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This change of police forces alarmed the local merchants who supported the Municipals. It also emboldened the gangs to have open warfare, not worried in the least about how the replacement police would handle the occasion.  The gangs knew that these men were inexperienced.  It was a perfect opportunity for crime to surface and take advantage of the situation.
From the NEW YORK HERALD, Friday, July 3, 1857.


The announcement that the Court of Appeals had decided in favor of the constitutionality of the Albany Police bill caused a good deal of excitement  and discussion among the merchants on the Corn Exchange as well as the Exchange in Wall street.  Among the several hundred businessmen who daily report to those commercial marts, an immense majority are on the side of the municipal liberty and right of the city, and opposed to the obnoxious law fastened upon this community and its industry by a reckless combination of Albany black republican schemes.  These laws are denounced by men of all parties, whether democrat, whig, Know Nothing, and even by some republicans, who are ready to join in any legitimate measure which will secure their speedy repeal.  Black republicans who appear on ‘Change are few and far between; and even they, when pressed as to the character of the late facts of the Legislature in reference to this city, including the Port Warden bill, &c., are forced to condemn them.  When pressed on the subject they attempt to make the issue solely a personal one between Mayor Wood and the Albany black republican police laws, like a cuttle fish, which, when pressed, endeavor to hide itself in the water it has discolored by its own fluid.  A leading shipping merchant was heard to say that if the expenses of Mayor Wood’s resistance to the tyranny of the Albany law were to fall upon him (the Mayor), he stood ready to contribute liberally for his relief, and believed other would make contributions for the same object.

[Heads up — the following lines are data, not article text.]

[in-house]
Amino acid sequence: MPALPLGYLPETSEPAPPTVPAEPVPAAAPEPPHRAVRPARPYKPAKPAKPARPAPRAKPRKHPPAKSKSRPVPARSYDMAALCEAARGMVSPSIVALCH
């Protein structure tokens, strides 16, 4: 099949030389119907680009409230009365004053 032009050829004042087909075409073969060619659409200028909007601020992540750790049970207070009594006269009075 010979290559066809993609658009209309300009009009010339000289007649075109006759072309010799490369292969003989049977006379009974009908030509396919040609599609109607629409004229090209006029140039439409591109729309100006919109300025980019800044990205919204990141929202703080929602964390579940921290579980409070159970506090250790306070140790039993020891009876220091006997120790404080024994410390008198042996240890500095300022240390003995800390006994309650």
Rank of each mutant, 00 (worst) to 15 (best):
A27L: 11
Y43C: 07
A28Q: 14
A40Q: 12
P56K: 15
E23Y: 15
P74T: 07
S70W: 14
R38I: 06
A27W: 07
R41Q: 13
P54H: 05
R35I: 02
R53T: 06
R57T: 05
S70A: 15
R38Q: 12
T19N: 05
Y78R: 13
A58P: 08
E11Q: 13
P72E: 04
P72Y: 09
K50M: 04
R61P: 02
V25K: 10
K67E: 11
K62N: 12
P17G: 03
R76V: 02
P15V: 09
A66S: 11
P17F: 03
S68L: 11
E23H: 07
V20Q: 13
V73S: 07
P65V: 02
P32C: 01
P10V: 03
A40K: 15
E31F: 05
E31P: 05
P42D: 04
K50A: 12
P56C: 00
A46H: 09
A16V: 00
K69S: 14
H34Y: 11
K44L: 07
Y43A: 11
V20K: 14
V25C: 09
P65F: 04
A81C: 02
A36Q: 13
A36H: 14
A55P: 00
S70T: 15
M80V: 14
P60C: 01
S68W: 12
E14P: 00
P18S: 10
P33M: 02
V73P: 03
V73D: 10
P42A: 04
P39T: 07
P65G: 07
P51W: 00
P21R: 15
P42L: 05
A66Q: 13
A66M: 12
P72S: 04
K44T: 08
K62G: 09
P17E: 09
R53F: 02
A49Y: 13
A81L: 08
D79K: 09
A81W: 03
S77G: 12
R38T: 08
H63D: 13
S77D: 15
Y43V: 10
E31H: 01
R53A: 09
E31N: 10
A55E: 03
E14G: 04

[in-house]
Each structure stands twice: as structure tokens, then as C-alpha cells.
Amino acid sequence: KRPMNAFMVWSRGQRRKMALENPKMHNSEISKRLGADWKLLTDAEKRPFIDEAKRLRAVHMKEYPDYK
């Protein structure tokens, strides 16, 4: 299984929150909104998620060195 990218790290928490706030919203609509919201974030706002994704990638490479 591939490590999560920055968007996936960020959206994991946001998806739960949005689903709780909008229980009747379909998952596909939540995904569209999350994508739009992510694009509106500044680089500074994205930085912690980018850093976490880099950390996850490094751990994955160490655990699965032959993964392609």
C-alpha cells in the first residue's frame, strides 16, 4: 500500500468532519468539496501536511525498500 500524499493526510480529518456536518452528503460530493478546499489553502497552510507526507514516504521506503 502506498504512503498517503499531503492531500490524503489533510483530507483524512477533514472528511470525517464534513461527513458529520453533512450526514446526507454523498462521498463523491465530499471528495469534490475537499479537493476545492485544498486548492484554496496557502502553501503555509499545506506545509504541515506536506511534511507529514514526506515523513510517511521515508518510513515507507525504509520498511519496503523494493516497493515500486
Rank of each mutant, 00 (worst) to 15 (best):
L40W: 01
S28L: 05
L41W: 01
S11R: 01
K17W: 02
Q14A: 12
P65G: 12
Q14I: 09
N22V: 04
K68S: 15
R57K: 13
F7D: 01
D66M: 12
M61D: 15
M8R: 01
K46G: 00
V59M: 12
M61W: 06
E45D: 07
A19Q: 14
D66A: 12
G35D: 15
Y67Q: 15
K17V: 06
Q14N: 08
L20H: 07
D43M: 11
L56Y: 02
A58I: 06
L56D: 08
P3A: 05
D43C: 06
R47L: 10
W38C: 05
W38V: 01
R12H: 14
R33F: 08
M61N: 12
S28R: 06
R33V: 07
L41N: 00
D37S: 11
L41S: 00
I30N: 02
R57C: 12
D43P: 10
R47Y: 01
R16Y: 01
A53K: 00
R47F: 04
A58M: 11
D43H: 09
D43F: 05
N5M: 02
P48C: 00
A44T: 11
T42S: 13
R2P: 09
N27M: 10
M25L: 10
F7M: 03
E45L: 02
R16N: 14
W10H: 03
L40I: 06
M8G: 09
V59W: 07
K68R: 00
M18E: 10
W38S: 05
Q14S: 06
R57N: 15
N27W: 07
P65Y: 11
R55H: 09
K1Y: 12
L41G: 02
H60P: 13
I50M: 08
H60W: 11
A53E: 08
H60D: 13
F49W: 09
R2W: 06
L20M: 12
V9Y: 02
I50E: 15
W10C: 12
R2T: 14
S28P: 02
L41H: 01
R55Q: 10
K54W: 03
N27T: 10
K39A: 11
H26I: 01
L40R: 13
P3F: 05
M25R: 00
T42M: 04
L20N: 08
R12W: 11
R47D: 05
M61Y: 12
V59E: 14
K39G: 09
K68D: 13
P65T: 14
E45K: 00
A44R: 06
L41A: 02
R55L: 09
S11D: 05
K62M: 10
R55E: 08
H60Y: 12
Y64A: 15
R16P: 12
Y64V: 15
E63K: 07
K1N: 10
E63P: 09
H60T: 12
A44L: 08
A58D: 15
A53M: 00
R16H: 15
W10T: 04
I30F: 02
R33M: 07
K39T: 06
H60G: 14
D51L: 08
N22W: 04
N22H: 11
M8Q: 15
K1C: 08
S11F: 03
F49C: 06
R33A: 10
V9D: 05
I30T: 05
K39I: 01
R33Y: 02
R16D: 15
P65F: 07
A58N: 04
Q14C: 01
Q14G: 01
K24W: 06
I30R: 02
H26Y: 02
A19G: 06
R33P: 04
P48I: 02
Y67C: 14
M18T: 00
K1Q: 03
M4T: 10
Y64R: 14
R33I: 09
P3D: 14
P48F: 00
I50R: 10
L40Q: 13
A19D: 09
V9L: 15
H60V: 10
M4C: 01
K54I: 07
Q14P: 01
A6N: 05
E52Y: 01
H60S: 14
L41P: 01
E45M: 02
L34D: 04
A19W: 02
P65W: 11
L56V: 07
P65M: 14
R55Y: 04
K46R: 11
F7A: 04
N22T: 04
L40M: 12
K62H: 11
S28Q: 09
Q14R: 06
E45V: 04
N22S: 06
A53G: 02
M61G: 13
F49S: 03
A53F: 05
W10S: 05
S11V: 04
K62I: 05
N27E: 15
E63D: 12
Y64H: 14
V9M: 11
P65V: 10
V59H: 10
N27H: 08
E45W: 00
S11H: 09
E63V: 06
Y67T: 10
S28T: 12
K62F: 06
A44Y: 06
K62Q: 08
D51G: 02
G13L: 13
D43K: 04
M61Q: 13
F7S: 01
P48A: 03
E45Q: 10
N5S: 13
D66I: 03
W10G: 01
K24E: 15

There was rejoicing among the members of the First District police yesterday afternoon and evening in consequence of the decision of the Court of Appeals relative to the Police law.  They were all favorable to the Metropolitan law in that district; and they hardly knew how to express their delight when the news arrived.  It was the same in the office of the Deputy Superintendent and Justice Cornwell’s court.  The latter, with the Deputy’s men, collected subscriptions to fire a salute in honor of the event, but those having charge of the cannon refused to part with them, and, therefore, the salute intended of  three guns for each of the Judges who favored the law, were not fired; the wet weather also militated against it!  The rain did not hinder the members of the First  District police, however, from evincing their jubilant feelings.  They produced a lot of candies and several flags.  The windows eight in number of the station house, were illuminated – twelve candles in each window.  The door was festooned with flags, and a large banner was suspended across Washington street from the station house.  
The other districts are divided and no display was made publicly.  They appear to feel that the object of the law was to oust them from office, and they have no occasion for rejoicing.

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No rejoicing indeed.  For the very next day there would erupt a violent brawl between rival gangs in Lower Manhattan.  The bloodshed and anarchy would be horrific until quelled by the military.
NEXT:  The Gang Riots